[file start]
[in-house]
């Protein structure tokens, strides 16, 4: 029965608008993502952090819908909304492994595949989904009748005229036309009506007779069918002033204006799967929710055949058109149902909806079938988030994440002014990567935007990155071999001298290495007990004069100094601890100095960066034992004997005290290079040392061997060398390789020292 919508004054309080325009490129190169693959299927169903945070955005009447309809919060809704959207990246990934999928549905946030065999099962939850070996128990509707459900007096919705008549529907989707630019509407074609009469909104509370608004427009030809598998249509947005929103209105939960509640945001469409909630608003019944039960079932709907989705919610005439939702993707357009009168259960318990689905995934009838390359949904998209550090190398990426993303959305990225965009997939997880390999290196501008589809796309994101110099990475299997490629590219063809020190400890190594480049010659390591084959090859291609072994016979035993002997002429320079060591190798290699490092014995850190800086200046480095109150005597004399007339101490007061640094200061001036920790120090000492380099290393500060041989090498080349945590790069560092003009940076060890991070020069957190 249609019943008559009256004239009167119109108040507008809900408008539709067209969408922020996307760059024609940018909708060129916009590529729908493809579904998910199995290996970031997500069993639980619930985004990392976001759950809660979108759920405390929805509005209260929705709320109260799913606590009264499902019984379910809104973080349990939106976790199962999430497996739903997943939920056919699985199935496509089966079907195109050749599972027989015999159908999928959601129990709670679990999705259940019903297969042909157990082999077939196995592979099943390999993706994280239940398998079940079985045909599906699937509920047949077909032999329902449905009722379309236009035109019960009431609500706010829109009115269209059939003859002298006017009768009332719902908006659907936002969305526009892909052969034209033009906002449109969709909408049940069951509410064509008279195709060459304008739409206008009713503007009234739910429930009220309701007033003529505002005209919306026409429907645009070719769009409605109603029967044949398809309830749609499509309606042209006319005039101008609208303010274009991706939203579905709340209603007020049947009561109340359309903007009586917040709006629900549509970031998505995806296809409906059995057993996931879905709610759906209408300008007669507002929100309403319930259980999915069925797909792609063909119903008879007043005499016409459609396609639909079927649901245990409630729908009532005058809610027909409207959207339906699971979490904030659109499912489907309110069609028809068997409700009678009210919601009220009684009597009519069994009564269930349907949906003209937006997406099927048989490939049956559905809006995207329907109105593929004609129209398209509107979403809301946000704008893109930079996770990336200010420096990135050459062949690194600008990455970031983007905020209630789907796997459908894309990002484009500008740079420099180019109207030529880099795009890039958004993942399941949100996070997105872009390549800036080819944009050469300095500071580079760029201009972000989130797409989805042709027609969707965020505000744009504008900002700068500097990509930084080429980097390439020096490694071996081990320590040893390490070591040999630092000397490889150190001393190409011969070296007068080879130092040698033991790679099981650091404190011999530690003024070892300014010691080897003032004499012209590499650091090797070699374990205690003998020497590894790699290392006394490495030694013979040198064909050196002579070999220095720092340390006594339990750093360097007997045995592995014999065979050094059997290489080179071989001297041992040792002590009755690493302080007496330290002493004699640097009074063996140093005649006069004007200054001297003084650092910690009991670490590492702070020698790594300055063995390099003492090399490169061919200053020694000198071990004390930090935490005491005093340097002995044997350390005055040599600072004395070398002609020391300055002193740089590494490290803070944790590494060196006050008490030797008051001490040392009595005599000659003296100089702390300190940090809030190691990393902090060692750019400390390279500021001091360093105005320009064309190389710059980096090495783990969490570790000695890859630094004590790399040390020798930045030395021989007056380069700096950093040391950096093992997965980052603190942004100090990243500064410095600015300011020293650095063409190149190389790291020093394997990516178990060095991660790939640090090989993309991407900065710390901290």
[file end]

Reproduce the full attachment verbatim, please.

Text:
[in-house]
């Protein structure tokens, strides 16, 4: 029965608008993502952090819908909304492994595949989904009748005229036309009506007779069918002033204006799967929710055949058109149902909806079938988030994440002014990567935007990155071999001298290495007990004069100094601890100095960066034992004997005290290079040392061997060398390789020292 919508004054309080325009490129190169693959299927169903945070955005009447309809919060809704959207990246990934999928549905946030065999099962939850070996128990509707459900007096919705008549529907989707630019509407074609009469909104509370608004427009030809598998249509947005929103209105939960509640945001469409909630608003019944039960079932709907989705919610005439939702993707357009009168259960318990689905995934009838390359949904998209550090190398990426993303959305990225965009997939997880390999290196501008589809796309994101110099990475299997490629590219063809020190400890190594480049010659390591084959090859291609072994016979035993002997002429320079060591190798290699490092014995850190800086200046480095109150005597004399007339101490007061640094200061001036920790120090000492380099290393500060041989090498080349945590790069560092003009940076060890991070020069957190 249609019943008559009256004239009167119109108040507008809900408008539709067209969408922020996307760059024609940018909708060129916009590529729908493809579904998910199995290996970031997500069993639980619930985004990392976001759950809660979108759920405390929805509005209260929705709320109260799913606590009264499902019984379910809104973080349990939106976790199962999430497996739903997943939920056919699985199935496509089966079907195109050749599972027989015999159908999928959601129990709670679990999705259940019903297969042909157990082999077939196995592979099943390999993706994280239940398998079940079985045909599906699937509920047949077909032999329902449905009722379309236009035109019960009431609500706010829109009115269209059939003859002298006017009768009332719902908006659907936002969305526009892909052969034209033009906002449109969709909408049940069951509410064509008279195709060459304008739409206008009713503007009234739910429930009220309701007033003529505002005209919306026409429907645009070719769009409605109603029967044949398809309830749609499509309606042209006319005039101008609208303010274009991706939203579905709340209603007020049947009561109340359309903007009586917040709006629900549509970031998505995806296809409906059995057993996931879905709610759906209408300008007669507002929100309403319930259980999915069925797909792609063909119903008879007043005499016409459609396609639909079927649901245990409630729908009532005058809610027909409207959207339906699971979490904030659109499912489907309110069609028809068997409700009678009210919601009220009684009597009519069994009564269930349907949906003209937006997406099927048989490939049956559905809006995207329907109105593929004609129209398209509107979403809301946000704008893109930079996770990336200010420096990135050459062949690194600008990455970031983007905020209630789907796997459908894309990002484009500008740079420099180019109207030529880099795009890039958004993942399941949100996070997105872009390549800036080819944009050469300095500071580079760029201009972000989130797409989805042709027609969707965020505000744009504008900002700068500097990509930084080429980097390439020096490694071996081990320590040893390490070591040999630092000397490889150190001393190409011969070296007068080879130092040698033991790679099981650091404190011999530690003024070892300014010691080897003032004499012209590499650091090797070699374990205690003998020497590894790699290392006394490495030694013979040198064909050196002579070999220095720092340390006594339990750093360097007997045995592995014999065979050094059997290489080179071989001297041992040792002590009755690493302080007496330290002493004699640097009074063996140093005649006069004007200054001297003084650092910690009991670490590492702070020698790594300055063995390099003492090399490169061919200053020694000198071990004390930090935490005491005093340097002995044997350390005055040599600072004395070398002609020391300055002193740089590494490290803070944790590494060196006050008490030797008051001490040392009595005599000659003296100089702390300190940090809030190691990393902090060692750019400390390279500021001091360093105005320009064309190389710059980096090495783990969490570790000695890859630094004590790399040390020798930045030395021989007056380069700096950093040391950096093992997965980052603190942004100090990243500064410095600015300011020293650095063409190149190389790291020093394997990516178990060095991660790939640090090989993309991407900065710390901290």